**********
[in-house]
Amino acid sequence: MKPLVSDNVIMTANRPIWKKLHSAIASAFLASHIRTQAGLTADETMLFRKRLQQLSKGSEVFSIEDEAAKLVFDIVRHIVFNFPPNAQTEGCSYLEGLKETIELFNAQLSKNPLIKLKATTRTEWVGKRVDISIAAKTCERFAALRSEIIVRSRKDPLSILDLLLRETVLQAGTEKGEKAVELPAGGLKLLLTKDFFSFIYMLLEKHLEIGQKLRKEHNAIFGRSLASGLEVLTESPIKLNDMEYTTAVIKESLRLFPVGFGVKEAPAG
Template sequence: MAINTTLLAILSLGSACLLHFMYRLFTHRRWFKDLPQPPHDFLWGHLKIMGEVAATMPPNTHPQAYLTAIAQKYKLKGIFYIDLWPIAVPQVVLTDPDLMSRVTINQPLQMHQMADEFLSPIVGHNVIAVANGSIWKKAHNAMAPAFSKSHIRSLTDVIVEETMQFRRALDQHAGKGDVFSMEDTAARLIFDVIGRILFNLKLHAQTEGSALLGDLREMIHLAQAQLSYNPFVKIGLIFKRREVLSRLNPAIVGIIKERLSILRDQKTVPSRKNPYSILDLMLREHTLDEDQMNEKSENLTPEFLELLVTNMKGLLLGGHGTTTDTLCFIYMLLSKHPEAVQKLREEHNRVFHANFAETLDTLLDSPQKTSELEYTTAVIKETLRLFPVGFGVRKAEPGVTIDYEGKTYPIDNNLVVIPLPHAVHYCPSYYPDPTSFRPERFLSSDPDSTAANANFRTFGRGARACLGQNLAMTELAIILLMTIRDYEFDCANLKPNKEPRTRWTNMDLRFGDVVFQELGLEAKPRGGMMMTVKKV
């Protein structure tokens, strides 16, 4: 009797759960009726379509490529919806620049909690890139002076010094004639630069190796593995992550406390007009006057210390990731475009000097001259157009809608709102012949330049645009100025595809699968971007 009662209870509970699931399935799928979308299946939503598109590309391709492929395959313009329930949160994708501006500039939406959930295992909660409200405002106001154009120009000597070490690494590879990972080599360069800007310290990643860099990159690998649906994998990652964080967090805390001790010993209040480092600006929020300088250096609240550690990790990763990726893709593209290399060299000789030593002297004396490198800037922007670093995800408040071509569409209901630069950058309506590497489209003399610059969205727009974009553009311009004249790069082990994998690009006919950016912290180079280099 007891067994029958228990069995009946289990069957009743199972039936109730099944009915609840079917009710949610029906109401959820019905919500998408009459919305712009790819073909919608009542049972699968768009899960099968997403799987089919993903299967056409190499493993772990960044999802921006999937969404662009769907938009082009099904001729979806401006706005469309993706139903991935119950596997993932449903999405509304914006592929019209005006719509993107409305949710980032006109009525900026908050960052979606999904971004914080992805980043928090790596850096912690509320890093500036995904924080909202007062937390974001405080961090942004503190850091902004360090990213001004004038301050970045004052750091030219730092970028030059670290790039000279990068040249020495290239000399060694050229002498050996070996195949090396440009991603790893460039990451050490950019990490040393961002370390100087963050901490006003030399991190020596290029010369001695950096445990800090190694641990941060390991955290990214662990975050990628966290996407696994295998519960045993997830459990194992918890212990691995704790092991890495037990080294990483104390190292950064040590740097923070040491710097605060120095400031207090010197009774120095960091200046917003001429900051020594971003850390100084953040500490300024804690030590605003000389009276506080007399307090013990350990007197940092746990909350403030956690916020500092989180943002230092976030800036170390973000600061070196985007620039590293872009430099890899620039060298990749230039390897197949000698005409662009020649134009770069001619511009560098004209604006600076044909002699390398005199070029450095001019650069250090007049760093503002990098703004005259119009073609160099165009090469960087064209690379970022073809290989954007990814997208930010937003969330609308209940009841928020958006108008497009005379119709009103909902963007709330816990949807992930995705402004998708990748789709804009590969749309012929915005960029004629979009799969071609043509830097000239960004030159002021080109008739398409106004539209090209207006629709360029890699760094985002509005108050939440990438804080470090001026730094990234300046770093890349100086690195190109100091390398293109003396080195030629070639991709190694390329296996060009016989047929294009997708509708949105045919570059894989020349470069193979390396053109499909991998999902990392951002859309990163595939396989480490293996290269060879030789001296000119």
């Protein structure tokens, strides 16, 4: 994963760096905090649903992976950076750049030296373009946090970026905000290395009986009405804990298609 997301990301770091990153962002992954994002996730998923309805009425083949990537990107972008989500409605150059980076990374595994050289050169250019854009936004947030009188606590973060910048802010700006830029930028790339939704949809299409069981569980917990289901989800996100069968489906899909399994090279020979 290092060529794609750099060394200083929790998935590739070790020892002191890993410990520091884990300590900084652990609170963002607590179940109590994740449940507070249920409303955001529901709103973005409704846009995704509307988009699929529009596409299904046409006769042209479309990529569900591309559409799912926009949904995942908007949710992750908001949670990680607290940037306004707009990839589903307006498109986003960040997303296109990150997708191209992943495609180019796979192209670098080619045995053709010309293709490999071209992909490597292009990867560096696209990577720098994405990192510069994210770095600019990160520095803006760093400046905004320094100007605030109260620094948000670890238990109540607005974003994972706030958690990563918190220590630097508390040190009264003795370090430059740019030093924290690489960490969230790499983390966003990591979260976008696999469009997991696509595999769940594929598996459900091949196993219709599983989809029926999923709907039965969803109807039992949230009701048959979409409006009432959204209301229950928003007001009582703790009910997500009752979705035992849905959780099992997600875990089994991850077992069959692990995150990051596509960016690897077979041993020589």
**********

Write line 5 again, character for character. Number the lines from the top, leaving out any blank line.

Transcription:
């Protein structure tokens, strides 16, 4: 994963760096905090649903992976950076750049030296373009946090970026905000290395009986009405804990298609 997301990301770091990153962002992954994002996730998923309805009425083949990537990107972008989500409605150059980076990374595994050289050169250019854009936004947030009188606590973060910048802010700006830029930028790339939704949809299409069981569980917990289901989800996100069968489906899909399994090279020979 290092060529794609750099060394200083929790998935590739070790020892002191890993410990520091884990300590900084652990609170963002607590179940109590994740449940507070249920409303955001529901709103973005409704846009995704509307988009699929529009596409299904046409006769042209479309990529569900591309559409799912926009949904995942908007949710992750908001949670990680607290940037306004707009990839589903307006498109986003960040997303296109990150997708191209992943495609180019796979192209670098080619045995053709010309293709490999071209992909490597292009990867560096696209990577720098994405990192510069994210770095600019990160520095803006760093400046905004320094100007605030109260620094948000670890238990109540607005974003994972706030958690990563918190220590630097508390040190009264003795370090430059740019030093924290690489960490969230790499983390966003990591979260976008696999469009997991696509595999769940594929598996459900091949196993219709599983989809029926999923709907039965969803109807039992949230009701048959979409409006009432959204209301229950928003007001009582703790009910997500009752979705035992849905959780099992997600875990089994991850077992069959692990995150990051596509960016690897077979041993020589």